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Troops in Ukraine hampered by ‘exceptional levels’ of rats

by Ohio Digital News

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Troops on both sides of the Ukrainian conflict are suffering from “exceptional levels” of rat and mice infestation on the front lines, leading to a drop in morale and even illness, according to a British intelligence briefing released Saturday.

The rodent infestations are crushing morale, and there are unverified reports that Russian troops are suffering from infectious diseases related to the explosion in the rodent population in the trenches of eastern Ukraine, the UK Ministry of Defense said.

A soldier walks along a trench in Bakhmut in eastern Ukraine, which is increasingly filling with rats and mice. Getty Images
“Exceptional levels” of rats and mice are causing low morale and may be contributing to disease among Russian soldiers on the front lines of the Ukrainian conflict. áÃâðýøÃÂûðò ÃâõÃâ¬ÃËøýøý – stock.adobe.com

“This year’s mild autumn, along with ample food from fields left fallow due to the fighting, have likely contributed to the increase in the rodent population,” said a Defense Ministry briefing posted on X. “As the weather has become colder, the animals are likely seeking shelter in vehicles and defensive positions. Rodents will add further pressure to front-line combatants’ morale.”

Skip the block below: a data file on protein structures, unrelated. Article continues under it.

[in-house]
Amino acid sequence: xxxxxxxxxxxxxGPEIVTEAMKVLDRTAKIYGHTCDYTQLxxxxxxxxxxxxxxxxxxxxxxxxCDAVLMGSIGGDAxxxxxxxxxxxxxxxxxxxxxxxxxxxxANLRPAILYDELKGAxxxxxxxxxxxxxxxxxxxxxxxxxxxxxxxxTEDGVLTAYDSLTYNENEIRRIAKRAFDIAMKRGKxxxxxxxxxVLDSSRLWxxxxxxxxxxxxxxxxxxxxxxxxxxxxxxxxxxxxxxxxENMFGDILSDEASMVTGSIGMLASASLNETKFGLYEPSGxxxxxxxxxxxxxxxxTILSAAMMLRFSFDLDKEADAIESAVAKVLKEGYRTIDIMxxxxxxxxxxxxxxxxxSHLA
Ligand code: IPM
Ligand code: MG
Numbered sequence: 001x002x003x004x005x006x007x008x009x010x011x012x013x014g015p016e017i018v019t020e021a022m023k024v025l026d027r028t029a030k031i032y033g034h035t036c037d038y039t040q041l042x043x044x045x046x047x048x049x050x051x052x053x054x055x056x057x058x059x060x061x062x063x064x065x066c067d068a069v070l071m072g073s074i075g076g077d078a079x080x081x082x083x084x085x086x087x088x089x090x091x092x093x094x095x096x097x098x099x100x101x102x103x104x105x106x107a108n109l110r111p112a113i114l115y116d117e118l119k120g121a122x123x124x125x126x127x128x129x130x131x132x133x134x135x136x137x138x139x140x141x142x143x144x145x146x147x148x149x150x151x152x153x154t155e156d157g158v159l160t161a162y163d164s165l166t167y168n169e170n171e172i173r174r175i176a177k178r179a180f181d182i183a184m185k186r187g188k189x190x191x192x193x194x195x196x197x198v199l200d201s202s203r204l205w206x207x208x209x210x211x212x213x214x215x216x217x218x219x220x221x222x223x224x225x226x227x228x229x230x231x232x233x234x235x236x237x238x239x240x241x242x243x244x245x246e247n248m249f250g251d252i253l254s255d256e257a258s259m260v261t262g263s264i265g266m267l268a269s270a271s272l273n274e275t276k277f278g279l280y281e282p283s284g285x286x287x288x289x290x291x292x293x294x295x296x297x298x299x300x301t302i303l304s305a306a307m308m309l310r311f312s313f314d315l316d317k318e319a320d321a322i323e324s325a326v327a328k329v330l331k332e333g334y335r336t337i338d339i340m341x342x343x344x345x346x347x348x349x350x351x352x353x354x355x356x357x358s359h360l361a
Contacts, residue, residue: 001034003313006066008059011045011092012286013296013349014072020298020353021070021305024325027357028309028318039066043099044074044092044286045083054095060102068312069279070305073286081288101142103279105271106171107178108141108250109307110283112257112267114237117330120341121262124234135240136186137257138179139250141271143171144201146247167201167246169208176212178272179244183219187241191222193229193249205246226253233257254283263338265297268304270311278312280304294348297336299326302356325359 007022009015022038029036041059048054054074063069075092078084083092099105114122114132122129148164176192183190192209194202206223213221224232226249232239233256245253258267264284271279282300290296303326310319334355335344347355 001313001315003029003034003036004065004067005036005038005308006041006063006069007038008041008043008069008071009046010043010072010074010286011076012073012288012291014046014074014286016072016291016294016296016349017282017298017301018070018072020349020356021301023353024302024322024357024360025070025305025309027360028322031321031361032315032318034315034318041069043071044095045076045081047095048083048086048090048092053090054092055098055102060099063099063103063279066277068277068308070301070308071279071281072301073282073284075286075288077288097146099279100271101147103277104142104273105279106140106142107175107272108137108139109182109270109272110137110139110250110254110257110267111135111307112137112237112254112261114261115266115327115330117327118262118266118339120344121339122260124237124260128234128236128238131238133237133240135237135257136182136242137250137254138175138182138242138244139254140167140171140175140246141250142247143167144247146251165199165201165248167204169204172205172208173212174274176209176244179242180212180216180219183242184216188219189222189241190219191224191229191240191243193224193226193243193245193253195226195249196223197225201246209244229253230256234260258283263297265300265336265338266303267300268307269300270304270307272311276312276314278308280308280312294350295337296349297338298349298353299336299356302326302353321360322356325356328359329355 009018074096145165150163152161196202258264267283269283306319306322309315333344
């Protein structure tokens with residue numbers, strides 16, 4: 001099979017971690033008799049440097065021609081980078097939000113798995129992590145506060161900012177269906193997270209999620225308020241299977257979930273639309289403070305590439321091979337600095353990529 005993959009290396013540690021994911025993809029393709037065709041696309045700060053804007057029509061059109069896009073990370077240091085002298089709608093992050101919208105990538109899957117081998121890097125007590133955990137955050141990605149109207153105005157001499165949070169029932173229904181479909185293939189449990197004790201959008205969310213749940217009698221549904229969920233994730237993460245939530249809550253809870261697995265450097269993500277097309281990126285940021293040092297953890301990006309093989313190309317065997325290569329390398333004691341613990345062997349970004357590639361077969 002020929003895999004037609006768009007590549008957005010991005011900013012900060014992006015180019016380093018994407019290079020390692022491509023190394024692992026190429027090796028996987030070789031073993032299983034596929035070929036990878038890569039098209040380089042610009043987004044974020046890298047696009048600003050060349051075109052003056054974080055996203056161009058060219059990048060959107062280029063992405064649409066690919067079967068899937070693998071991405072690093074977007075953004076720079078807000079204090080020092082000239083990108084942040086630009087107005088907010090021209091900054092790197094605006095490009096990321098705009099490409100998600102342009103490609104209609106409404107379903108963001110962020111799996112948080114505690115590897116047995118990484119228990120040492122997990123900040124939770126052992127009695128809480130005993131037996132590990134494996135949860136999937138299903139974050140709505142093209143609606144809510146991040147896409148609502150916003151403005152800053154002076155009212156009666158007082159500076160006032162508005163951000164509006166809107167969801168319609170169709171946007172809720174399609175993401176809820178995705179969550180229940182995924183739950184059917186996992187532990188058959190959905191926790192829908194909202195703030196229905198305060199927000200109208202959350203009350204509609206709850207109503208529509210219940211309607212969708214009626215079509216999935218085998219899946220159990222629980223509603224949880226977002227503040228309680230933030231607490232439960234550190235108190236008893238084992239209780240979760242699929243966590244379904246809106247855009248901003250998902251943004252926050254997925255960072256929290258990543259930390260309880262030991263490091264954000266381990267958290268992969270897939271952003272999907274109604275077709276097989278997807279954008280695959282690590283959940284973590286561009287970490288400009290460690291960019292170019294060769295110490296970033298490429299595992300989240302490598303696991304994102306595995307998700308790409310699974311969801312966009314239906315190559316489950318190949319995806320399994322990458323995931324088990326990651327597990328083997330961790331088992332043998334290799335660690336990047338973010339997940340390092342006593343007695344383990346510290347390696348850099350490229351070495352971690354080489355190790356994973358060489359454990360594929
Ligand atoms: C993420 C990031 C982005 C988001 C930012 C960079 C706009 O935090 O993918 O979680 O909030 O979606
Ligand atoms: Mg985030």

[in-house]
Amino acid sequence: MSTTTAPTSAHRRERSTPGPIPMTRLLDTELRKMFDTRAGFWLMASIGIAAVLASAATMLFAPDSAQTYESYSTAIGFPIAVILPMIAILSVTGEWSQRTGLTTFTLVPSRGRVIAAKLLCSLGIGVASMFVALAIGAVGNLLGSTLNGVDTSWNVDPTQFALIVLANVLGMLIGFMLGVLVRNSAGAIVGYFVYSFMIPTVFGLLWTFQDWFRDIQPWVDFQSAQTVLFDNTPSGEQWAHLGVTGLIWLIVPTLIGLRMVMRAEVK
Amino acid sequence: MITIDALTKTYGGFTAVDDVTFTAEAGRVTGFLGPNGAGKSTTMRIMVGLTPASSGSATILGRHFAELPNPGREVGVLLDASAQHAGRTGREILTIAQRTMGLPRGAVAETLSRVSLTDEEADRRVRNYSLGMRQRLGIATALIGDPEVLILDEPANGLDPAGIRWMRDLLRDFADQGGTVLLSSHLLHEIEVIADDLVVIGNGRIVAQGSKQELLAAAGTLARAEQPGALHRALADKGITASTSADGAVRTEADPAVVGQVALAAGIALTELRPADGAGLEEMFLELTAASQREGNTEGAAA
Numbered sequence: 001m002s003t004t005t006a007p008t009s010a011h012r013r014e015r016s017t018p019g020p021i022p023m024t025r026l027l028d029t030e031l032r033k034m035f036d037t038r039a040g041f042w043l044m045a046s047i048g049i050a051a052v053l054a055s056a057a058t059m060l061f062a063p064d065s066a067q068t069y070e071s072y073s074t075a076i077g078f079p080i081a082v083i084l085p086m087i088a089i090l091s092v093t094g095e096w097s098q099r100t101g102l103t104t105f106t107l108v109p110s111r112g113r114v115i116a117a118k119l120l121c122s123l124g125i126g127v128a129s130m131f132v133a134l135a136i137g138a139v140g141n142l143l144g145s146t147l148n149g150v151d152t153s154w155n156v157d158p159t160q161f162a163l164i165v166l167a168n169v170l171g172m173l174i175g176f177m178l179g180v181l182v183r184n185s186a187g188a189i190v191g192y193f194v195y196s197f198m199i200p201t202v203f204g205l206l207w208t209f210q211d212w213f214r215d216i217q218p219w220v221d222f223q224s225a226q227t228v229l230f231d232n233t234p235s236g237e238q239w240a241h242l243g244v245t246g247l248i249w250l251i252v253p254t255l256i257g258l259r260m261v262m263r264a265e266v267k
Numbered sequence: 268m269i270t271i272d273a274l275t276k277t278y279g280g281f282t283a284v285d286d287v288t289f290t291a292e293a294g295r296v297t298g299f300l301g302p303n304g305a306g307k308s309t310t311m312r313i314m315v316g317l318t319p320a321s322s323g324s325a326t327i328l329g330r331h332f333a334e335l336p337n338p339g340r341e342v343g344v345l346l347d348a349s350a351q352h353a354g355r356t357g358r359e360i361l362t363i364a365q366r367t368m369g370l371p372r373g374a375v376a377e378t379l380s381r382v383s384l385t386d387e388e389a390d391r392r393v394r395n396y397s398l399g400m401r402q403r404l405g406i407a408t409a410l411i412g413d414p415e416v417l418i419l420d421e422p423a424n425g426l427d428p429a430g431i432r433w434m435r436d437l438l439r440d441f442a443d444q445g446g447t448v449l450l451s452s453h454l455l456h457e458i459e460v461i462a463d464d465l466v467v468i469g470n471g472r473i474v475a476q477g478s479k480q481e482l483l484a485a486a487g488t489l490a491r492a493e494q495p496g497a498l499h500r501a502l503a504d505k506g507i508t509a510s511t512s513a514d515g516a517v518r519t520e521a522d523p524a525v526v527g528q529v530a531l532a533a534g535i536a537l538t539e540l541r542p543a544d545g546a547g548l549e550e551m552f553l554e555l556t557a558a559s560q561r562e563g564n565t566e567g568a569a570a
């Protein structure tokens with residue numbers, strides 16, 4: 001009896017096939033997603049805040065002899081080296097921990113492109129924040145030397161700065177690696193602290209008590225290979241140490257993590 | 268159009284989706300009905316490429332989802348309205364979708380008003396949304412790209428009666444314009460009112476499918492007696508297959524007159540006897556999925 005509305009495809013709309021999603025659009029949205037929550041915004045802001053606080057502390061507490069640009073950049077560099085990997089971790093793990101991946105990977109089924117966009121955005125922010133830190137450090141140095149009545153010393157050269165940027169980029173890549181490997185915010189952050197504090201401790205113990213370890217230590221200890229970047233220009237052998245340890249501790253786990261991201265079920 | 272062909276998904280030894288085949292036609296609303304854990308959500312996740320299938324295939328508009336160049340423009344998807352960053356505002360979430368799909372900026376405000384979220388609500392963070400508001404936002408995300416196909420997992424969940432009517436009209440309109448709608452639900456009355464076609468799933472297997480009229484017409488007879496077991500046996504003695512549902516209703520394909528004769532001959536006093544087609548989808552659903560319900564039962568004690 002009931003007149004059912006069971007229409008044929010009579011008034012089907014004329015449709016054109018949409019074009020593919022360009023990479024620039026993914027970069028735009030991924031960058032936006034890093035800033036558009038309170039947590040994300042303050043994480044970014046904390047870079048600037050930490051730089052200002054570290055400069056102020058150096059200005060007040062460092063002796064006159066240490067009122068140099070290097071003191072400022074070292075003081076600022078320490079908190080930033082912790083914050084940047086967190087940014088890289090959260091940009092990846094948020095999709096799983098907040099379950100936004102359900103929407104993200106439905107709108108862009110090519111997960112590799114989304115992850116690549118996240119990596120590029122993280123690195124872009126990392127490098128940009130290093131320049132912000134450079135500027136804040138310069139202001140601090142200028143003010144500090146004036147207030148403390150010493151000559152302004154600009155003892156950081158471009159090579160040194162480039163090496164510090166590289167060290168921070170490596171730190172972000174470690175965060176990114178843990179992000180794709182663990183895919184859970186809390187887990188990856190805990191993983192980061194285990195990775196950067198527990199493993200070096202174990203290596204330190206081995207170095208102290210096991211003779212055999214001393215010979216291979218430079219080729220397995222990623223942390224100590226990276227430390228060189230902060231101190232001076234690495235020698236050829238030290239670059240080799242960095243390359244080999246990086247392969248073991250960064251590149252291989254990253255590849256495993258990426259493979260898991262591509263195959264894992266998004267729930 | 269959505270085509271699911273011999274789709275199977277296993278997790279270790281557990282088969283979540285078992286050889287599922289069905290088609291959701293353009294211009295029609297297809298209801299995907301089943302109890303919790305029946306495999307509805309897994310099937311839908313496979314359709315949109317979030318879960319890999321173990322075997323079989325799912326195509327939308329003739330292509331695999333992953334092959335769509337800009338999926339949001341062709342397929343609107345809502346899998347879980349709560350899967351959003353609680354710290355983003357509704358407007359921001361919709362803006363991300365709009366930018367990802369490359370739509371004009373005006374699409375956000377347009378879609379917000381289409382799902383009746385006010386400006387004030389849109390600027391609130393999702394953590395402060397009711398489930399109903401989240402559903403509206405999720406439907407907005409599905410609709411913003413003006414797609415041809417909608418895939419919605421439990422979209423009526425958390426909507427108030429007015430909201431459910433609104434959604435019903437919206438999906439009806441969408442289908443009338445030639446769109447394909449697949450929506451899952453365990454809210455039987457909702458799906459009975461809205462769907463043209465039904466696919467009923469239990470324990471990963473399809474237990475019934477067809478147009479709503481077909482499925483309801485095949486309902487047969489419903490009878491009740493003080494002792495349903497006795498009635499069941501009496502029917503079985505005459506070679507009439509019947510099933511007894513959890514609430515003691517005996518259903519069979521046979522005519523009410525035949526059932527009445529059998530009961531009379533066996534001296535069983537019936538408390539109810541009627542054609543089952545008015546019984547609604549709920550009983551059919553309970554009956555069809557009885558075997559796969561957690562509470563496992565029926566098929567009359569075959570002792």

The rodents are also a threat to military equipment, the briefing said.

“In addition, they pose a risk to military equipment by gnawing through cables — as recorded in the same area during the Second World War,” the post continued.

Rats are gnawing through cables and hiding in military equipment to escape the cold on the front lines of the conflict in Ukraine. Maxym Marusenko/NurPhoto/Shutterstock
Unverified reports from the British Defense Ministry suggest that Russian troops on the front lines of the war with Ukraine have been suffering from outbreaks of “mouse fever” which causes vomiting, low blood pressure, and headaches, among other symptoms. AP

Russian forces in the Kharkiv region in Ukraine have been dealing with outbreaks of “mouse fever,” according to reports.

Symptoms of the fever include vomiting, low blood pressure, headaches, rashes, and difficulty urinating.

The fever, a type of hantavirus, is transmitted to humans from rodents.

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